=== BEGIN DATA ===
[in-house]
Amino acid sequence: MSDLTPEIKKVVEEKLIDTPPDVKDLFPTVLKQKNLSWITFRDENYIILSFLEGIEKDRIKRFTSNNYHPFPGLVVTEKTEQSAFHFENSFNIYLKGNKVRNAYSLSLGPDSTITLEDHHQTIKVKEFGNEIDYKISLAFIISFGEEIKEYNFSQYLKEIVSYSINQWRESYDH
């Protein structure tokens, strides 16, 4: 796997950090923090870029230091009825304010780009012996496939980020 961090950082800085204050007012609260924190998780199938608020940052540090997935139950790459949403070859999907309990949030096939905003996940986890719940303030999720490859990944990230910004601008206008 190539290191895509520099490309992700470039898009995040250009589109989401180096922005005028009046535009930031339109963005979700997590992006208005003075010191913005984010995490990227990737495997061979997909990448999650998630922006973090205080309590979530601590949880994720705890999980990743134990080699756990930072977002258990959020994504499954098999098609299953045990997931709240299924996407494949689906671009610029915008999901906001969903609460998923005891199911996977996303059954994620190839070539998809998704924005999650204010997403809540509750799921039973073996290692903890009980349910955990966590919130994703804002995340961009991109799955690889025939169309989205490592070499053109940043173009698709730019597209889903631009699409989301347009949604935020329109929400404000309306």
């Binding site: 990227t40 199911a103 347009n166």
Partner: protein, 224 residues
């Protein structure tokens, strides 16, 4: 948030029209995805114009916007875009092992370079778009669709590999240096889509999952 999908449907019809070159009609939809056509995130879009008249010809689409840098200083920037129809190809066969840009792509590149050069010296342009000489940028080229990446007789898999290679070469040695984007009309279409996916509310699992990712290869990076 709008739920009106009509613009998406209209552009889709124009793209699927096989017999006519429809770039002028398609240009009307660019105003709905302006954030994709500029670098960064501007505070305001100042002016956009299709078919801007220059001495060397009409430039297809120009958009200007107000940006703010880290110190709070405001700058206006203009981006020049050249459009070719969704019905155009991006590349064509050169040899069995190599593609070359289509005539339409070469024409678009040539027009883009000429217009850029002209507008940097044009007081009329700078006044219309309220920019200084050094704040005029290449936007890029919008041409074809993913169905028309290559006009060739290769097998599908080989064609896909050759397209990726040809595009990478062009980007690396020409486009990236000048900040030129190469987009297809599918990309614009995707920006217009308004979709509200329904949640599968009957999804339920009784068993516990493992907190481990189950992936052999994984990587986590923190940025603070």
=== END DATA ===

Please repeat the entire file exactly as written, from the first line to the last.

[in-house]
Amino acid sequence: MSDLTPEIKKVVEEKLIDTPPDVKDLFPTVLKQKNLSWITFRDENYIILSFLEGIEKDRIKRFTSNNYHPFPGLVVTEKTEQSAFHFENSFNIYLKGNKVRNAYSLSLGPDSTITLEDHHQTIKVKEFGNEIDYKISLAFIISFGEEIKEYNFSQYLKEIVSYSINQWRESYDH
């Protein structure tokens, strides 16, 4: 796997950090923090870029230091009825304010780009012996496939980020 961090950082800085204050007012609260924190998780199938608020940052540090997935139950790459949403070859999907309990949030096939905003996940986890719940303030999720490859990944990230910004601008206008 190539290191895509520099490309992700470039898009995040250009589109989401180096922005005028009046535009930031339109963005979700997590992006208005003075010191913005984010995490990227990737495997061979997909990448999650998630922006973090205080309590979530601590949880994720705890999980990743134990080699756990930072977002258990959020994504499954098999098609299953045990997931709240299924996407494949689906671009610029915008999901906001969903609460998923005891199911996977996303059954994620190839070539998809998704924005999650204010997403809540509750799921039973073996290692903890009980349910955990966590919130994703804002995340961009991109799955690889025939169309989205490592070499053109940043173009698709730019597209889903631009699409989301347009949604935020329109929400404000309306």
């Binding site: 990227t40 199911a103 347009n166």
Partner: protein, 224 residues
């Protein structure tokens, strides 16, 4: 948030029209995805114009916007875009092992370079778009669709590999240096889509999952 999908449907019809070159009609939809056509995130879009008249010809689409840098200083920037129809190809066969840009792509590149050069010296342009000489940028080229990446007789898999290679070469040695984007009309279409996916509310699992990712290869990076 709008739920009106009509613009998406209209552009889709124009793209699927096989017999006519429809770039002028398609240009009307660019105003709905302006954030994709500029670098960064501007505070305001100042002016956009299709078919801007220059001495060397009409430039297809120009958009200007107000940006703010880290110190709070405001700058206006203009981006020049050249459009070719969704019905155009991006590349064509050169040899069995190599593609070359289509005539339409070469024409678009040539027009883009000429217009850029002209507008940097044009007081009329700078006044219309309220920019200084050094704040005029290449936007890029919008041409074809993913169905028309290559006009060739290769097998599908080989064609896909050759397209990726040809595009990478062009980007690396020409486009990236000048900040030129190469987009297809599918990309614009995707920006217009308004979709509200329904949640599968009957999804339920009784068993516990493992907190481990189950992936052999994984990587986590923190940025603070």